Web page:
A DISABLED man stole vodka from a supermarket because he wanted to be locked up amid concern over an issue with a former neighbour.

James Richard Weaver stashed the booze into his wheelchair before leaving Whitehaven’s Tesco store without paying for it last month. Weaver, 41, was arrested by police 20 minutes later.

That act put him in breach of two previously imposed suspended prison sentences.

One was handed down late last March, for offensive weapon possession. He received a second within a month, for public order act offending.

“Which, he volunteered to police when he was interviewed, was the reason he committed the theft,” Charles Brown, prosecuting, told Carlisle Crown Court. “Because he wanted to be locked up.”

Weaver admitted theft and accepted breaching the two previous orders.

“The sad position is this,” said his lawyer, Matthew Conway. “The theft was committed so that the police would put him in custody.

“As a starting point, it is not a good look for Mr Weaver. The reason for wanting to be in custody is not because of deliberate disobedience but because he feared for his safety.”

Wheelchair-bound Weaver, now of Main Street, Cleator, had found new and specialist accommodation which suited his disability. But he was concerned amid an alleged act involving a former neighbour and his new property.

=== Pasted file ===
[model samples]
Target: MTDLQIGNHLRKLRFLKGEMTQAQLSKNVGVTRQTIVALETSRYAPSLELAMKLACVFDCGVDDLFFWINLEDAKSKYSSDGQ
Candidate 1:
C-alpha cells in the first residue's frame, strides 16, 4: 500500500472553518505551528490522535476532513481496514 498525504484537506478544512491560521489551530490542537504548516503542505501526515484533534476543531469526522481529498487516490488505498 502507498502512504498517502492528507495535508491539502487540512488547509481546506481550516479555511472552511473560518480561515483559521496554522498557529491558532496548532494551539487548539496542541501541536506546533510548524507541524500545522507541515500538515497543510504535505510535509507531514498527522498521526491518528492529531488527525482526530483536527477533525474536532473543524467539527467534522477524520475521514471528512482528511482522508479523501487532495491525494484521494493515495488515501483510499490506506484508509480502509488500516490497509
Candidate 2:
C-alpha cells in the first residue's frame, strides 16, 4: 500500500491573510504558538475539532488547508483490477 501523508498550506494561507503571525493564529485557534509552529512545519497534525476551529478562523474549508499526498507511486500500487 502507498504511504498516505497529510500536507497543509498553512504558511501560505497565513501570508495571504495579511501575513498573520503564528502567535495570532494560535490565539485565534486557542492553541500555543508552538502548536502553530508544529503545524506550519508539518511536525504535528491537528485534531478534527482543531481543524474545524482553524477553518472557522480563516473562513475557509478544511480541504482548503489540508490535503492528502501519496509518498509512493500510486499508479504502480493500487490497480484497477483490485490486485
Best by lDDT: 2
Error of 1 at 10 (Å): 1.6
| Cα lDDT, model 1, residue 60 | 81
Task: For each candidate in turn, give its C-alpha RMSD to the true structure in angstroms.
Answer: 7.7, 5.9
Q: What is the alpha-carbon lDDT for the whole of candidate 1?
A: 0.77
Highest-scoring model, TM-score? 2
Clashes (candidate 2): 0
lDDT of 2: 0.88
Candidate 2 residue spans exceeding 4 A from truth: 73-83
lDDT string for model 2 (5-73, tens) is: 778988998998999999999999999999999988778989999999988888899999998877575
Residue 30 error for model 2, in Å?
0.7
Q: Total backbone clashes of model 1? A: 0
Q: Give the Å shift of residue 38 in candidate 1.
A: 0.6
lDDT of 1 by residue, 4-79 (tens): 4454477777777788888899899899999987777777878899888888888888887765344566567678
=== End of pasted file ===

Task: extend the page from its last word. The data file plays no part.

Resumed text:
“It was through utter, utter desperation and not realising there maybe better ways to get things done,” said Mr Conway of the defendant’s theft.

The court heard Weaver had completed a previous course of rehabilitation. “Therefore his is a man who is willing to engage and has clear evidence of his ability to engage,” said Mr Conway.

“On this occasion, though his inability to problem-solve, something with which he could be helped through more (probation service assistance), he committed the offence so he could be, in his mind, in the safe custody of police.”

Judge Nicholas Barker agreed with Mr Conway that it would be unjust to active the previous suspended sentences. Instead, the judge handed down a £150 fine and ordered Weaver — who told the court he planned to boost his home security — to complete a further rehabilitation requirement.